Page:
The effect of size range on ultrasound-induced translations in microbubble populations
Journal of the Acoustical Society of America , Volume 147 - Issue 5 p. 3236
Microbubble translations driven by ultrasound-induced radiation forces can be beneficial for applications in ultrasound molecular imaging and drug delivery. Here, the effect of size range in microbubble populations on their translations is investigated experimentally and theoretically. The displacements within five distinct size-isolated microbubble populations are driven by a standard ultrasound-imaging probe at frequencies ranging from 3 to 7 MHz, and measured using the multi-gate spectral Doppler approach. Peak microbubble displacements, reaching up to 10 μm per pulse, are found to describe transient phenomena from the resonant proportion of each bubble population. The overall trend of the statistical behavior of the bubble displacements, quantified by the total number of identified displacements, reveals significant differences between the bubble populations as a function of the transmission frequency. A good agreement is found between the experiments and theory that includes a model parameter fit, which is further supported by separate measurements of individual microbubbles to characterize the viscoelasticity of their stabilizing lipid shell. These findings may help to tune the microbubble size distribution and ultrasound transmission parameters to optimize the radiation-force translations. They also demonstrate a simple technique to characterize the microbubble shell viscosity, the fitted model parameter, from freely floating microbubble populations using a standard ultrasound-imaging probe.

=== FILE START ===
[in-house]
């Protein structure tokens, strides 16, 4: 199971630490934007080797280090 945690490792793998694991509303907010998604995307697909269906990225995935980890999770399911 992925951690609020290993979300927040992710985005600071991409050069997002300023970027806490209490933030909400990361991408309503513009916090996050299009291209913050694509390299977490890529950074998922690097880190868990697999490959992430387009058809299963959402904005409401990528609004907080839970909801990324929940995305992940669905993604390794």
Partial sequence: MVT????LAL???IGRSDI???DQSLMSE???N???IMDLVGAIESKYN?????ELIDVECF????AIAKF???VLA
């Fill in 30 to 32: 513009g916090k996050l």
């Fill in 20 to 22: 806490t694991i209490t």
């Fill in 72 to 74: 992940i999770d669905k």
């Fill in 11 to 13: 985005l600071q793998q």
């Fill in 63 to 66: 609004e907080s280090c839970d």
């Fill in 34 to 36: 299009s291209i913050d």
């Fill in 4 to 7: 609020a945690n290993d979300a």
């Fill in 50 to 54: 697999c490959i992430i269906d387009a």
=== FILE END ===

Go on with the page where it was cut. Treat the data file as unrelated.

|Journal of the Acoustical Society of America|
|Organisation||Department of Biomedical Engineering|
Supponen, O. (Outi), Upadhyay, A. (Awaneesh), Lum, J. (Jordan), Guidi, F. (Francesco), Murray, T. (Todd), Vos, H.J, … Borden, M. (Mark). (2020). The effect of size range on ultrasound-induced translations in microbubble populations. Journal of the Acoustical Society of America, 147(5). doi:10.1121/10.0001172